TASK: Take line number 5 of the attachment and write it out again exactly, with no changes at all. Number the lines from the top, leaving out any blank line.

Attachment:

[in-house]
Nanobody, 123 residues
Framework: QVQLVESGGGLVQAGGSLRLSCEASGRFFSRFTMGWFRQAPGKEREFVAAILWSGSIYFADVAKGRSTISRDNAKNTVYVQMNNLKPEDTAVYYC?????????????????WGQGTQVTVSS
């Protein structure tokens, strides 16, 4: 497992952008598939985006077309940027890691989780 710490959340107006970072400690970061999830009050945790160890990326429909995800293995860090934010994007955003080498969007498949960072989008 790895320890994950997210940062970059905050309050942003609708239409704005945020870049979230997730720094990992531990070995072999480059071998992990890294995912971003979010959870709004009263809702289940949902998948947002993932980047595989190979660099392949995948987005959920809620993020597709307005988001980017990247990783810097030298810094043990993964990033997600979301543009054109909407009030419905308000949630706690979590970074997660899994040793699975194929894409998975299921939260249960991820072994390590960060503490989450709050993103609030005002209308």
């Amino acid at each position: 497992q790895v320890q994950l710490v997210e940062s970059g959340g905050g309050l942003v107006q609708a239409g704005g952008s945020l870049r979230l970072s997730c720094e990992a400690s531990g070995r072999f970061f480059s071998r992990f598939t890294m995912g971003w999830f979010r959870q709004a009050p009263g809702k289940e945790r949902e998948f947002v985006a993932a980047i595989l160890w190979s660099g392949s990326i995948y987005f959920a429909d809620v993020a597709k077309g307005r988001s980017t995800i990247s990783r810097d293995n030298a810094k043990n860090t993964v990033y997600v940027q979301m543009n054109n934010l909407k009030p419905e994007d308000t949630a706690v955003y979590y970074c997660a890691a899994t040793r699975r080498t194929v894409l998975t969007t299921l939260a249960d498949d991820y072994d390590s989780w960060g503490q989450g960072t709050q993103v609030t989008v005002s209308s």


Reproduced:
């Amino acid at each position: 497992q790895v320890q994950l710490v997210e940062s970059g959340g905050g309050l942003v107006q609708a239409g704005g952008s945020l870049r979230l970072s997730c720094e990992a400690s531990g070995r072999f970061f480059s071998r992990f598939t890294m995912g971003w999830f979010r959870q709004a009050p009263g809702k289940e945790r949902e998948f947002v985006a993932a980047i595989l160890w190979s660099g392949s990326i995948y987005f959920a429909d809620v993020a597709k077309g307005r988001s980017t995800i990247s990783r810097d293995n030298a810094k043990n860090t993964v990033y997600v940027q979301m543009n054109n934010l909407k009030p419905e994007d308000t949630a706690v955003y979590y970074c997660a890691a899994t040793r699975r080498t194929v894409l998975t969007t299921l939260a249960d498949d991820y072994d390590s989780w960060g503490q989450g960072t709050q993103v609030t989008v005002s209308s």